Hive Location – A tip for the beginner

I cut a 1″ hole in the cheese cloth this morning
to let Hive-D.3’s foraging bees slowly enter.

I swapped Hive-D with Hive-D.3 yesterday. This segues into today’s topic – Hive Placement.

Most books will tell you that the best location to place a hive is in a sunny area, with a windbreak, and an easterly view… and they are right. However, what most of them seem to leave out is that the hive should be placed in a location that you can drive fairly close to.

Now of course, when you have to put hives on other people’s land, you have to take what you can get. But keep in mind, a deep hive can weigh over 80lbs and a 5 gallon bucket of sugar water can weigh as much as 60lbs. That’s a lot of weight to carry for 100-200yards. Even with my hand cart, the process of driving out 15 miles into the country, swapping (2) hives, and checking the other (4) in that yard took a few hours – when it should have only taken minutes.

So whenever possible, place your hives in a convenient location for hauling equipment.

So back to my hive swap. The biggest hurdle I had to overcome was old equipment. Some of this equipment has holes in the corners where the bees freely move in and out. Not bad for ventilation but not so good for transportation.

The solution… Cheese Cloth. I bought a pack of cheese cloth and wrapped the hives up tight. This let air in and out while keep the bees inside. I kind of expected them to get caught in the cloth like they do in dryer sheets but they seem to move on it quite freely. I also considered plastic wrap but I worried it might make the bees too hot. In the end the cheese cloth worked perfectly.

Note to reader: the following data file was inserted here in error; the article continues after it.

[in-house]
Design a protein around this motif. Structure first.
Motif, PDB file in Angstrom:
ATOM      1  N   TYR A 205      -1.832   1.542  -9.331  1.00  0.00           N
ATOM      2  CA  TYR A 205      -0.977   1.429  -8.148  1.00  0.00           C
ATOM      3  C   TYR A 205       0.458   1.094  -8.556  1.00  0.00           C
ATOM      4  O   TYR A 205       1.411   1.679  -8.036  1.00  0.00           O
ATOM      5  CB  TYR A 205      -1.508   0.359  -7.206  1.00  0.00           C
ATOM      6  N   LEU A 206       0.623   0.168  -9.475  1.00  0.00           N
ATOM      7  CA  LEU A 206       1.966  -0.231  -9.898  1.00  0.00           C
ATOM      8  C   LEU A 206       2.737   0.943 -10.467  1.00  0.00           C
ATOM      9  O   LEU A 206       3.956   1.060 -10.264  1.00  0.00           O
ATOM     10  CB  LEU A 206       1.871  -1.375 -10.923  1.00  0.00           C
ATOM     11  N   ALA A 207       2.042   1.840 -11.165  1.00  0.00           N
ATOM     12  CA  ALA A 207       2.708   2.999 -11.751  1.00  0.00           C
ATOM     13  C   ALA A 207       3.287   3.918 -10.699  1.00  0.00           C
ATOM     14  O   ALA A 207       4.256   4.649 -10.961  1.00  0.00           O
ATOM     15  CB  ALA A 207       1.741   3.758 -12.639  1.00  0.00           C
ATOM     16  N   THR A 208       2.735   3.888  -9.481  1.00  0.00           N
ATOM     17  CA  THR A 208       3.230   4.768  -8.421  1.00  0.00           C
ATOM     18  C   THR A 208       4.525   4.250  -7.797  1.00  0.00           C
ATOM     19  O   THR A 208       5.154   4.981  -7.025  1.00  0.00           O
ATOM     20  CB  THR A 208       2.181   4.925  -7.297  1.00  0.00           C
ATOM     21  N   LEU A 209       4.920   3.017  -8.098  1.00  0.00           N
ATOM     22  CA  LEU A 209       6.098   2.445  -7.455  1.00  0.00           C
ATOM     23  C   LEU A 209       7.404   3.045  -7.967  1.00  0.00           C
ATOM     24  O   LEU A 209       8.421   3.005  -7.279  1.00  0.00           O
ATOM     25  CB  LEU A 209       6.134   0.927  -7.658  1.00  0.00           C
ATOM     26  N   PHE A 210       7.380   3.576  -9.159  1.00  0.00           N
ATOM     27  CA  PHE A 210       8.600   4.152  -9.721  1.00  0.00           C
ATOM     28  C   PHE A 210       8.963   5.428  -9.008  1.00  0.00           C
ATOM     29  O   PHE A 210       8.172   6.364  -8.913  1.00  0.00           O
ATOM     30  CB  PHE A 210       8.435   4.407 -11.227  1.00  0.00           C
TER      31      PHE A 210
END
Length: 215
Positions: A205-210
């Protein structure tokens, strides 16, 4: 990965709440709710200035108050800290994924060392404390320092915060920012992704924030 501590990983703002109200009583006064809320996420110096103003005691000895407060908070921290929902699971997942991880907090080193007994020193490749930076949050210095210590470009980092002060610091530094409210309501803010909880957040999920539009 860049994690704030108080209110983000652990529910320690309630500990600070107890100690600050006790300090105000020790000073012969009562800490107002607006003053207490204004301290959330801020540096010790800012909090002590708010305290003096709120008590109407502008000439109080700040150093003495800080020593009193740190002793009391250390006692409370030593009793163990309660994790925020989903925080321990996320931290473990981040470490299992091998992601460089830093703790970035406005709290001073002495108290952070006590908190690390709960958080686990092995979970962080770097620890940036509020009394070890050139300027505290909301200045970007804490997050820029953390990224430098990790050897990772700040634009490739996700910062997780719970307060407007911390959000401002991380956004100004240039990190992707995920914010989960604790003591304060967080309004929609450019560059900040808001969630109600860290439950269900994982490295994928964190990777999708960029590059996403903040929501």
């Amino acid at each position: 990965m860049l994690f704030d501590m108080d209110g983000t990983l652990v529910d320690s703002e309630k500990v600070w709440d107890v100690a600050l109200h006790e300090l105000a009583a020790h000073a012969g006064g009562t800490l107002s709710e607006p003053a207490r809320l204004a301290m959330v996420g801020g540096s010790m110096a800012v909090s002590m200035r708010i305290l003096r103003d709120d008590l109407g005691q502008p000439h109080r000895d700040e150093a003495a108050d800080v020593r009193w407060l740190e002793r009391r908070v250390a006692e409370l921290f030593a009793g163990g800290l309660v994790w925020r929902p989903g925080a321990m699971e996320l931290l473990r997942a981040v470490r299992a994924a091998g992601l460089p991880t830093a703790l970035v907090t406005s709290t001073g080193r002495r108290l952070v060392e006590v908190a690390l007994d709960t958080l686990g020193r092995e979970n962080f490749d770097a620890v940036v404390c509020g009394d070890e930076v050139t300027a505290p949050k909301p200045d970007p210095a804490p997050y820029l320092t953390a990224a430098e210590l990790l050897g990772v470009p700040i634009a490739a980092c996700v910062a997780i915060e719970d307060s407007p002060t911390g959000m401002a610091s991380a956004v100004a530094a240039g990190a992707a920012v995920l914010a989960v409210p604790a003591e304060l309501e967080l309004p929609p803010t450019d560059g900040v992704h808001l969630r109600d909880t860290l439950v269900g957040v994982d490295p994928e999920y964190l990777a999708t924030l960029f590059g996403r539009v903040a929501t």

New Apiary Map

So Hive-D (the same hive that gave me 60 stings a few weeks back) is now tranquilly sitting in my
back yard. The new queen (a highbred of Broke-T’s VSH queen and the survival stock of my apiary) has calmed the hive down splendidly.

Hive-D.3 on the other hand is much more aggressive but not so much it is hard to deal with. I placed a frame of young brood from Hive-D.2 into Hive-D.3 and hopefully it has a few viable larva in it to requeen with. I’ll check it Saturday if weather permits.

Sadly, D.1 did not survive the hive beetles. The hive was abandoned and with all of its stores robbed, the beetles had left too.

So of the (3) VSH Queens I bought, only one survived. This is not Broke-T’s fault. Hive-D.1 was overcome by beetles and I am sure that Hive-D.3 lost the queen due to my careless manipulations the day I checker-boarded the hive.

Not to worry though as Hive-D now has the queen I wanted. This highbred should be stronger and calmer than any queen I’ve had before and will become the mother of most of my future stock.

New Hive Count: (8) hives – (2) mini nucs.

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